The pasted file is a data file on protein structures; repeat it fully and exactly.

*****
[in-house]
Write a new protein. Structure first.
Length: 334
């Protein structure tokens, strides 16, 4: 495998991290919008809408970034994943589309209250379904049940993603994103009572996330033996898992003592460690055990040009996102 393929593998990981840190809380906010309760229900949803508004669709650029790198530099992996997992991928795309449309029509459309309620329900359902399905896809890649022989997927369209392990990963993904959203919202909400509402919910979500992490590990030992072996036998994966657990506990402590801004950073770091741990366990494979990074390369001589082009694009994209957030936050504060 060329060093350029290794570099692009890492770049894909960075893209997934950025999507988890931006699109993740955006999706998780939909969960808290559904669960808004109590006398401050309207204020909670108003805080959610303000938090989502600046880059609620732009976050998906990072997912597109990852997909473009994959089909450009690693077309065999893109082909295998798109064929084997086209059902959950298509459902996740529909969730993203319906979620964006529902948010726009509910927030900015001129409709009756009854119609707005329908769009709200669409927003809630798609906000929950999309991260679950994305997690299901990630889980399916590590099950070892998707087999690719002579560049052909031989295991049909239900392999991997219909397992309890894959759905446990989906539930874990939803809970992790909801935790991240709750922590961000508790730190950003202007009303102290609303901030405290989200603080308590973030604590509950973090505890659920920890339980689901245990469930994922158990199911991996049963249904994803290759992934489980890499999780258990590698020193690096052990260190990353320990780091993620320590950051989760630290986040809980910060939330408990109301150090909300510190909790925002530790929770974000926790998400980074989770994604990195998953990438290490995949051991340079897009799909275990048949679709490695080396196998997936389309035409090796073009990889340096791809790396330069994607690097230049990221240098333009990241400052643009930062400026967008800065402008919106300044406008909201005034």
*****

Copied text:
[in-house]
Write a new protein. Structure first.
Length: 334
């Protein structure tokens, strides 16, 4: 495998991290919008809408970034994943589309209250379904049940993603994103009572996330033996898992003592460690055990040009996102 393929593998990981840190809380906010309760229900949803508004669709650029790198530099992996997992991928795309449309029509459309309620329900359902399905896809890649022989997927369209392990990963993904959203919202909400509402919910979500992490590990030992072996036998994966657990506990402590801004950073770091741990366990494979990074390369001589082009694009994209957030936050504060 060329060093350029290794570099692009890492770049894909960075893209997934950025999507988890931006699109993740955006999706998780939909969960808290559904669960808004109590006398401050309207204020909670108003805080959610303000938090989502600046880059609620732009976050998906990072997912597109990852997909473009994959089909450009690693077309065999893109082909295998798109064929084997086209059902959950298509459902996740529909969730993203319906979620964006529902948010726009509910927030900015001129409709009756009854119609707005329908769009709200669409927003809630798609906000929950999309991260679950994305997690299901990630889980399916590590099950070892998707087999690719002579560049052909031989295991049909239900392999991997219909397992309890894959759905446990989906539930874990939803809970992790909801935790991240709750922590961000508790730190950003202007009303102290609303901030405290989200603080308590973030604590509950973090505890659920920890339980689901245990469930994922158990199911991996049963249904994803290759992934489980890499999780258990590698020193690096052990260190990353320990780091993620320590950051989760630290986040809980910060939330408990109301150090909300510190909790925002530790929770974000926790998400980074989770994604990195998953990438290490995949051991340079897009799909275990048949679709490695080396196998997936389309035409090796073009990889340096791809790396330069994607690097230049990221240098333009990241400052643009930062400026967008800065402008919106300044406008909201005034």